Nicole Sirak loves her job, although that's not to say she isn't heartbroken at times. As executive director of Family Advocates, Sirak oversees a handful of staff and hundreds of volunteers making a difference in the lives of thousands of Idaho children. Family Advocates has two primary pillars: A guardian ad litem program (court-appointed guardians for foster children) and Families First, the only early education home visiting program in the Treasure Valley. But Sirak is facing a pending crisis: the elimination of federal funding for Families First.
Is it fair to say that most people probably know Family Advocates through the guardian ad litem program?
Yes. Technically, it's known as the Court Appointed Special Advocate program. CASA is primarily managed through volunteers, assigned to 600-700 foster children in Ada, Boise, Elmore and Valley counties.
Our other program is Families First. We go into homes to work with families struggling with pre-kindergarten children.
How do those families come onto your radar?
A lot of referrals. In some cases, police may have visited a family where there may not have been a good reason to take the children into custody but there is certainly great reason for concern. We serve about 100 families and 200 children a year in Families First.
But Families First is at risk because of lack of funding.
We had a 10-year federal grant that came direct to us: the Parent Information and Resource Center Grant. It shuts down in September.
Massive federal funding cuts; $400,000 came to Idaho with $200,000 of it funding Families First. Now it all goes away.
What are your options?
We'll probably scale back the budget for the program to about $100,000, but we still need to raise that money. We get about $25,000 from the United Way, so we're going to need to raise the rest. Do you know how difficult it is to raise $75,000 nowadays?
Even if you raise those funds, will you still need to scale back the program?
We're pretty sure that the volunteer method is the way to maintain the services, so we're going to need to borrow what we've learned from our volunteer CASA program.
But will you still have to make cuts?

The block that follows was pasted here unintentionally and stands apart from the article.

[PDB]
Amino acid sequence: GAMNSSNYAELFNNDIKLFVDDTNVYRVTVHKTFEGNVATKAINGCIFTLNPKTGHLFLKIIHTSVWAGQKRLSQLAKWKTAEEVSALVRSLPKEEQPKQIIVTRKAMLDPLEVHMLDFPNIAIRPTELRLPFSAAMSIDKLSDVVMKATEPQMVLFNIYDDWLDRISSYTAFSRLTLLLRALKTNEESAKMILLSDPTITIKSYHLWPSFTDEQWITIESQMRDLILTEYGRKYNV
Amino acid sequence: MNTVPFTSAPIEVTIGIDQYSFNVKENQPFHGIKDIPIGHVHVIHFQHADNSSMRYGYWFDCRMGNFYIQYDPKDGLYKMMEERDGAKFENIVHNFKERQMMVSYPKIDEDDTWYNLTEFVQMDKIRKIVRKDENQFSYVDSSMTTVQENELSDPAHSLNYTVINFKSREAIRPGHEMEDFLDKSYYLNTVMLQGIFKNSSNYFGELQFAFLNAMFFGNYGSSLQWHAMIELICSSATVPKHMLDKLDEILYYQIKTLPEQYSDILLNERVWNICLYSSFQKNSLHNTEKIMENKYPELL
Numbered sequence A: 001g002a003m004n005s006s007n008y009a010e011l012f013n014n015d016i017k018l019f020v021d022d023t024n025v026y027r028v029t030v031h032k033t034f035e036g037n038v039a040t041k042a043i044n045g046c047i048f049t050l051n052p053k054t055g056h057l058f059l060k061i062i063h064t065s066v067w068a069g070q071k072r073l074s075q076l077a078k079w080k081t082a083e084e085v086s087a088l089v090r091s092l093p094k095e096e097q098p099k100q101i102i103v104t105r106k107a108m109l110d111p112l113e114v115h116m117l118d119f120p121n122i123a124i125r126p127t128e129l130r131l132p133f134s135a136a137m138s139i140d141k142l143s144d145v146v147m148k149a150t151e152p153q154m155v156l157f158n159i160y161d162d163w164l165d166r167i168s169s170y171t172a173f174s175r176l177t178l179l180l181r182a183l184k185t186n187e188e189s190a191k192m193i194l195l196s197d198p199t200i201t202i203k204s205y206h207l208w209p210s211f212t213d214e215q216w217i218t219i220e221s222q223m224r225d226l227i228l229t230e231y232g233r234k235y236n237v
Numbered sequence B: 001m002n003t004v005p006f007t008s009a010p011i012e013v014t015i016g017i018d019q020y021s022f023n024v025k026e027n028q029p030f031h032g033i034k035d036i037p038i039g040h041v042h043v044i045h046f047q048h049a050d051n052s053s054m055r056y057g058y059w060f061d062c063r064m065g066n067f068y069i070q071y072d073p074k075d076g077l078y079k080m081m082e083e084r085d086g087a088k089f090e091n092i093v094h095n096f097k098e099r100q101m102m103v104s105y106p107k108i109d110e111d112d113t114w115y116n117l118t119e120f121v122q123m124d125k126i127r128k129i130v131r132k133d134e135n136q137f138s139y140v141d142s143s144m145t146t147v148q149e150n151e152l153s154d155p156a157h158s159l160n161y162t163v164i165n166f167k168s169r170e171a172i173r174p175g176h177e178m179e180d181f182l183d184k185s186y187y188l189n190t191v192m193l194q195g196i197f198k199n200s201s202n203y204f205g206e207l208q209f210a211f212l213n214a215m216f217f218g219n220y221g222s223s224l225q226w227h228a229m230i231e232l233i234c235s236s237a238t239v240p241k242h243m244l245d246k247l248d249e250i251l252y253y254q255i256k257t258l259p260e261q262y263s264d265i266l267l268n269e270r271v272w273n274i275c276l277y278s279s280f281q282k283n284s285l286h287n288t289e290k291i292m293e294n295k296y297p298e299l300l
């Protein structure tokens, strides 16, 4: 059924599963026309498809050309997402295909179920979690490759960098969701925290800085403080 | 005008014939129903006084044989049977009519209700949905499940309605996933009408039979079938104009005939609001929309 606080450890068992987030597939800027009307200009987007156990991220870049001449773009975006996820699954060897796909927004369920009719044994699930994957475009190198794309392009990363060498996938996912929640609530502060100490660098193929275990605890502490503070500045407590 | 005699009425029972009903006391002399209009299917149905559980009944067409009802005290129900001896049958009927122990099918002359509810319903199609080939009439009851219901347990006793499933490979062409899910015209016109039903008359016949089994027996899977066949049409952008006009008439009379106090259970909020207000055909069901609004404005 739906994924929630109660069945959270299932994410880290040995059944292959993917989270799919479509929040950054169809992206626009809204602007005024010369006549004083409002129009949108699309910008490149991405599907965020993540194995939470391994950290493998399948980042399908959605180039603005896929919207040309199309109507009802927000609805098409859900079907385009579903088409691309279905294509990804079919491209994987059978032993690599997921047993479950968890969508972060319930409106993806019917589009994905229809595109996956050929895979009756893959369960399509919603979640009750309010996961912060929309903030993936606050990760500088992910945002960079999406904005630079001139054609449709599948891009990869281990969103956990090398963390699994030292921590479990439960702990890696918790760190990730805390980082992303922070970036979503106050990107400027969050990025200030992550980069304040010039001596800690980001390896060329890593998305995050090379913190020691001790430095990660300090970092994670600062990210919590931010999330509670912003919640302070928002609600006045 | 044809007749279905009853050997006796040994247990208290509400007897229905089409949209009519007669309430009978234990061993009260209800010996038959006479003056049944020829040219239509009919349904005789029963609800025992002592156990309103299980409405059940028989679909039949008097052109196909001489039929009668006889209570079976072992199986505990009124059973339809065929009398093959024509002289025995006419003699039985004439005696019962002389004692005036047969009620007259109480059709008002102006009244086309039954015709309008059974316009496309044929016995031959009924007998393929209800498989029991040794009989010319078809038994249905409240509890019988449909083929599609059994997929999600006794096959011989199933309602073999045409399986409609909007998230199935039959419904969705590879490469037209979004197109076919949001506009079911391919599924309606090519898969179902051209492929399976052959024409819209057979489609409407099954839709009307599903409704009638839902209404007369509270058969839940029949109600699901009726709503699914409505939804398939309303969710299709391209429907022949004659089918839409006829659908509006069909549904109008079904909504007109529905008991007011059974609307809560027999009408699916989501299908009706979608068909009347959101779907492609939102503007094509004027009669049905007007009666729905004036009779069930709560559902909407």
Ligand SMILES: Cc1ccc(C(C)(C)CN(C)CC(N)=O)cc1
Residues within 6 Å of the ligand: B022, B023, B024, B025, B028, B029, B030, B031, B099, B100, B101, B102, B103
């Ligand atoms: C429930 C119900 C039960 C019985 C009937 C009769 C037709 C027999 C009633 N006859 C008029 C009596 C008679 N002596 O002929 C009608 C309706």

I haven't notified staff yet. [*Note: Sirak was scheduled to meet with her colleagues this week.]
What's at stake for the families you service?
I look into the eyes of these families and I know that we are the only thing between them and disaster.
Can you speak to Idaho lawmakers' lack of commitment to this program?
You know what it is? Let families be families. Don't do home visiting. Don't tell people how to be a better parent. It's a private matter.
Are legislators not sympathetic to the cause?
It's pretty interesting to note that a few legislators are raising their grandchildren. There are 20,000 grandparents as parents in Idaho. But that doesn't mean that they're voting to support the program.
I would be remiss if I didn't ask you about the Robert Manwill case. What are your thoughts as you read the testimony coming from that courtroom?
[Long pause] The system failed a little boy.
No matter the verdict, won't there be volumes of unanswered questions?
From reading the testimony, a lot of people who lived nearby sensed that there was some trouble there. Why are we so afraid to intervene? There are so many ways to prevent child abuse. People know when their neighbor is struggling with a child.
Not too long ago, our homes had front porches. Now, we have back decks. Why are people so hesitant to offer to babysit? Or tell a neighbor that it's OK to call if they're about ready to snap? We simply don't live in a society where it's OK to say, "I don't know how to be a better parent."
With so much pain and abuse in these cases, where do you find the joy in your work?
It's in 250 people volunteering 15,000 hours. Extraordinary. Our team is so dedicated. But mostly I love that we're both intervention and prevention. CASA is wonderful, but it's a big Band-Aid. Families First is prevention. I'm heartbroken that we might lose that prevention. I love CASA and it's wonderful, but we need to see if we can keep these kids from coming into the system.